What is next? Many things. One of them Susana Santos Silva, Torbjorn Zetterberg and Hampus Lindwall and their album If Nothing Else (Clean Feed 348). This is “spooky” music, to use a rather non-technical term. It is spooky in its very own way. The music is collectively conceived by the trio and played by Susana on trumpet and flugelhorn, often as if from a cavernous distance. Surrounding her and supplying their own resonance is Torbjorn Zetterberg on double bass and Hampus Lindwall on organ.
The three together create a very atmospheric sort of new music with an improvisational component. It is not overtly jazz oriented much of the time, though it has expressive power and does make a nod at times to jazz roots. The music often uses long, sprawling washes of sound which take advantage of the organ’s infinite sustain, carefully chosen trumpet sonics and the full scope of pizz and bowed double bass.
Each of the eleven segments is a world unto itself. Ms. Silva has a definite virtuosity in her ability to unleash trumpet-flugel timbral complexes, whether muted or straight, within organ envelopes and bass resonating. And Torbjorn has a varied, freely articulated role to play that melds both with the organ sustains and trumpet expressions to give added bottom and noteful additions. Lindwall is called upon to give complex, uncannily spacial zone modules.
But it is not all sustain-oriented. Listen to “Stop Chords” with its insistent, manic, unrelenting sounding of staccato organ chords in strict periodicity while bass bows and scrapes and trumpet unleashes a series of utterances, the two in absolute contrast anarchically with the organ’s absolute hegemony.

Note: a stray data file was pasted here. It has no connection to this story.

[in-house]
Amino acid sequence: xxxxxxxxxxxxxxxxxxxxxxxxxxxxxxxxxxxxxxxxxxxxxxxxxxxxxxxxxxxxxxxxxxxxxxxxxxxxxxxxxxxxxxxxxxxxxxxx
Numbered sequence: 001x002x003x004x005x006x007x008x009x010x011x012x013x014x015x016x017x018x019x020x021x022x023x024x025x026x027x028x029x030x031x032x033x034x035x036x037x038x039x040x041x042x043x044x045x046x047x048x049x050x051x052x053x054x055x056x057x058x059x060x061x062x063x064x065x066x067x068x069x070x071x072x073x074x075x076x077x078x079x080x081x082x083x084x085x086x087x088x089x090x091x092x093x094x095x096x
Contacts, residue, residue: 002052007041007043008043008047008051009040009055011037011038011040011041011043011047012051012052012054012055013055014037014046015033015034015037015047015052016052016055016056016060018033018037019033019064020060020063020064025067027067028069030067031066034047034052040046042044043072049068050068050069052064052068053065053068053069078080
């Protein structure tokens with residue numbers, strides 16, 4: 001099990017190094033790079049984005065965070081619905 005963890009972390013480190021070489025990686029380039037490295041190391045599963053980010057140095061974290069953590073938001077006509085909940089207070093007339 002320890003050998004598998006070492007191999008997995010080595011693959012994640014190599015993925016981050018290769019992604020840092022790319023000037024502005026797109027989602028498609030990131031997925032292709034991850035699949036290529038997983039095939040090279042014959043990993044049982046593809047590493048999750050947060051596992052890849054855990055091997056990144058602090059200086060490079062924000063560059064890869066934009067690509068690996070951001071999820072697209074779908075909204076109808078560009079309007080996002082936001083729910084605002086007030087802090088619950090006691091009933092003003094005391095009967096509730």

Or there is “Power Walk,” a possessed sort of outside walking on bass and organ that takes the frenetic edge of rapid-fire but chordally ungrounded “swing” and pits Silva’s horn “soloing” on top of it.
The music is striking in the end. I cannot say it sounds like anything else, truly. It is ultra-contemporary, ambient yet jarring in its refusal to lay down pastoral carpets, an expressive hell of the best sort, mood music for unsettled times, you might call it.
It is a signpost directing us through some bleak terrain, and doing so in ultra-artistic ways. Silva plays trumpet in arresting fashion, her trio mates give us startling combinations and we are left fascinated with the possibilities unleashed.
The conceptual-compositional frameworks of the trio’s music get fleshed out by the three in unusual but impressive and effective means. It is a most unexpected treat and brings you to full attention if you allow it space to unfold. I am quite surprised and pleased by the album. I heartily recommend it for you avant stalwarts. It has the animation of the dramatic gesture, the world opening contrasts between continuities and discontinuities. It is art!